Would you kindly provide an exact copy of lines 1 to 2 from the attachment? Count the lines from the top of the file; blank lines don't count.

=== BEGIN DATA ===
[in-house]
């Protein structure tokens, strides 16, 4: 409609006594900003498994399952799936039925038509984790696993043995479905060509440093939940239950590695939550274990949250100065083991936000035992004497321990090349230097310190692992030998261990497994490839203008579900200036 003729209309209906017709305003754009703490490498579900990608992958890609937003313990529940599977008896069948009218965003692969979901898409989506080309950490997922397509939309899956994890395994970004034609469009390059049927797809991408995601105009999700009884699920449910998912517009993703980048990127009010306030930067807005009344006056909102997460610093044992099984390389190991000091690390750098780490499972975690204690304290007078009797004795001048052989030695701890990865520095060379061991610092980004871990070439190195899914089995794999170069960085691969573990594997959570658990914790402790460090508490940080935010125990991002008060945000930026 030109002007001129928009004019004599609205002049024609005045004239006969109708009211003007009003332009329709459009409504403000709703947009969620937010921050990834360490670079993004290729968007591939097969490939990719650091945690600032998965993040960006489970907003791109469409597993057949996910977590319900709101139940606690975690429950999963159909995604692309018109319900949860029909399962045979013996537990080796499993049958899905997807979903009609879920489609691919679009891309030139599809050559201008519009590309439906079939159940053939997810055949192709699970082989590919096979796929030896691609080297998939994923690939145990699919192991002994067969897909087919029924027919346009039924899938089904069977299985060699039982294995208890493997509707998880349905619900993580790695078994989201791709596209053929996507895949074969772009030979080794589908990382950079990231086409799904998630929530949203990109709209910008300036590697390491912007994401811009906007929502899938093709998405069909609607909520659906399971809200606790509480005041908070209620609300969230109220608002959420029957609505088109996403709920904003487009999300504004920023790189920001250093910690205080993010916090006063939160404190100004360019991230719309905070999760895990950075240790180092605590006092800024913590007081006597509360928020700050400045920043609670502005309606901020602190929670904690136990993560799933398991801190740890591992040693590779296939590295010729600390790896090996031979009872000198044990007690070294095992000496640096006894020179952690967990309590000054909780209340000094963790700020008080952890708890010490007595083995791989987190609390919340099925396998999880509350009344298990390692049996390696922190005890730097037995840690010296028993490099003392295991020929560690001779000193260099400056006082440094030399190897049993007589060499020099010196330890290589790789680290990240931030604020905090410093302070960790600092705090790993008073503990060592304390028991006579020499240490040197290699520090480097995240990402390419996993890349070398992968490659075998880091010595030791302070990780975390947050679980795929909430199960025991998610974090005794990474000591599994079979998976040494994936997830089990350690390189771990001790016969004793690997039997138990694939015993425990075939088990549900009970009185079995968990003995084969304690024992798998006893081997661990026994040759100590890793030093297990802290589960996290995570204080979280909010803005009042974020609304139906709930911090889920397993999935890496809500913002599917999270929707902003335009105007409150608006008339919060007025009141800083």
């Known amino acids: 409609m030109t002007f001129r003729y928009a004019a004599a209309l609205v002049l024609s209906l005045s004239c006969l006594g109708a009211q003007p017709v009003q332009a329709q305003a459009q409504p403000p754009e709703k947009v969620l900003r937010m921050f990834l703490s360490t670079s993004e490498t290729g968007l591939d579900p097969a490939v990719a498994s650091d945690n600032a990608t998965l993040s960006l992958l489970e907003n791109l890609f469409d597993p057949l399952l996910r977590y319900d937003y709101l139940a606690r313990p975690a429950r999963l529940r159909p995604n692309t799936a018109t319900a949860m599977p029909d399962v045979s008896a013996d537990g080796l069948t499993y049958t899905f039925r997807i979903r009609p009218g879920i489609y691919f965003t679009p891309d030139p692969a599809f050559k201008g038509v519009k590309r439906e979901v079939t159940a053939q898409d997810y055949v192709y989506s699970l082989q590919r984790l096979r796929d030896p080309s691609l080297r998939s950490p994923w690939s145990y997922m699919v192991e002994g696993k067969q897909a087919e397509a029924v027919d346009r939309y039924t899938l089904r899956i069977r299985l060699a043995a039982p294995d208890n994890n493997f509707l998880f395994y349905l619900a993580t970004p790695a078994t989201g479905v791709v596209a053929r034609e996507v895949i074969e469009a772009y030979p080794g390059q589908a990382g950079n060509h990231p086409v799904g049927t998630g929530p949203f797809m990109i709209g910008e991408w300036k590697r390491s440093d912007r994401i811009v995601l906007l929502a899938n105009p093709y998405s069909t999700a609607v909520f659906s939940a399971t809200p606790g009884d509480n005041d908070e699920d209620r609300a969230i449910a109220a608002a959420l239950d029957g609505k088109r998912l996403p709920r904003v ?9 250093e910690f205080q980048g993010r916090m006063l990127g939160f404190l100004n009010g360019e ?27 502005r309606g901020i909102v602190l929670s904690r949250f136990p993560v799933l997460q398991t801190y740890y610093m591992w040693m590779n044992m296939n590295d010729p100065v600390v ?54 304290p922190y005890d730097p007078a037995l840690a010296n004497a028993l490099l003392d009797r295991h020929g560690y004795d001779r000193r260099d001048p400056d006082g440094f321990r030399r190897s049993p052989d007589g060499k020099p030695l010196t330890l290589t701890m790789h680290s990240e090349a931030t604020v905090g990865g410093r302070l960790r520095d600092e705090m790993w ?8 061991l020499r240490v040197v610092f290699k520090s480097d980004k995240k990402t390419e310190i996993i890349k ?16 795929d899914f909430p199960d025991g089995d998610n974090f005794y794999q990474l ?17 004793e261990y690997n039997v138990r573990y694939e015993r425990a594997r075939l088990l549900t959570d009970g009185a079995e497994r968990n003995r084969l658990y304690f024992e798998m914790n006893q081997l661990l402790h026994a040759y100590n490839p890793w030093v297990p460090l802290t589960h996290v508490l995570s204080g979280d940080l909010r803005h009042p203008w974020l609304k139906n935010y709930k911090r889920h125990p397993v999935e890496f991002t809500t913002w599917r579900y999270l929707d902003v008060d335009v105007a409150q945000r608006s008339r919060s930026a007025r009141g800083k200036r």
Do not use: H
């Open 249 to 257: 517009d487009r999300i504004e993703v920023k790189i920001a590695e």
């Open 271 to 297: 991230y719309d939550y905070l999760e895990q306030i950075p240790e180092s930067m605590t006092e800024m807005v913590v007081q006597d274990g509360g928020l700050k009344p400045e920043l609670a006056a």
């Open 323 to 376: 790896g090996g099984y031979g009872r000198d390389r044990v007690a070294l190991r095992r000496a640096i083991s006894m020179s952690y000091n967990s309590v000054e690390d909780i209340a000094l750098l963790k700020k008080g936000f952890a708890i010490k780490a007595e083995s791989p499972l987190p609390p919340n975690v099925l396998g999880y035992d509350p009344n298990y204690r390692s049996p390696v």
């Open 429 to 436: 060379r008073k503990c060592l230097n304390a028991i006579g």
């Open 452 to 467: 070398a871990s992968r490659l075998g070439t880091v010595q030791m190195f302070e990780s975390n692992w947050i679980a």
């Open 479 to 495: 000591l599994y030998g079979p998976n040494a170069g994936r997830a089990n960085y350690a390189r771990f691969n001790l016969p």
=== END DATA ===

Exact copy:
[in-house]
């Protein structure tokens, strides 16, 4: 409609006594900003498994399952799936039925038509984790696993043995479905060509440093939940239950590695939550274990949250100065083991936000035992004497321990090349230097310190692992030998261990497994490839203008579900200036 003729209309209906017709305003754009703490490498579900990608992958890609937003313990529940599977008896069948009218965003692969979901898409989506080309950490997922397509939309899956994890395994970004034609469009390059049927797809991408995601105009999700009884699920449910998912517009993703980048990127009010306030930067807005009344006056909102997460610093044992099984390389190991000091690390750098780490499972975690204690304290007078009797004795001048052989030695701890990865520095060379061991610092980004871990070439190195899914089995794999170069960085691969573990594997959570658990914790402790460090508490940080935010125990991002008060945000930026 030109002007001129928009004019004599609205002049024609005045004239006969109708009211003007009003332009329709459009409504403000709703947009969620937010921050990834360490670079993004290729968007591939097969490939990719650091945690600032998965993040960006489970907003791109469409597993057949996910977590319900709101139940606690975690429950999963159909995604692309018109319900949860029909399962045979013996537990080796499993049958899905997807979903009609879920489609691919679009891309030139599809050559201008519009590309439906079939159940053939997810055949192709699970082989590919096979796929030896691609080297998939994923690939145990699919192991002994067969897909087919029924027919346009039924899938089904069977299985060699039982294995208890493997509707998880349905619900993580790695078994989201791709596209053929996507895949074969772009030979080794589908990382950079990231086409799904998630929530949203990109709209910008300036590697390491912007994401811009906007929502899938093709998405069909609607909520659906399971809200606790509480005041908070209620609300969230109220608002959420029957609505088109996403709920904003487009999300504004920023790189920001250093910690205080993010916090006063939160404190100004360019991230719309905070999760895990950075240790180092605590006092800024913590007081006597509360928020700050400045920043609670502005309606901020602190929670904690136990993560799933398991801190740890591992040693590779296939590295010729600390790896090996031979009872000198044990007690070294095992000496640096006894020179952690967990309590000054909780209340000094963790700020008080952890708890010490007595083995791989987190609390919340099925396998999880509350009344298990390692049996390696922190005890730097037995840690010296028993490099003392295991020929560690001779000193260099400056006082440094030399190897049993007589060499020099010196330890290589790789680290990240931030604020905090410093302070960790600092705090790993008073503990060592304390028991006579020499240490040197290699520090480097995240990402390419996993890349070398992968490659075998880091010595030791302070990780975390947050679980795929909430199960025991998610974090005794990474000591599994079979998976040494994936997830089990350690390189771990001790016969004793690997039997138990694939015993425990075939088990549900009970009185079995968990003995084969304690024992798998006893081997661990026994040759100590890793030093297990802290589960996290995570204080979280909010803005009042974020609304139906709930911090889920397993999935890496809500913002599917999270929707902003335009105007409150608006008339919060007025009141800083």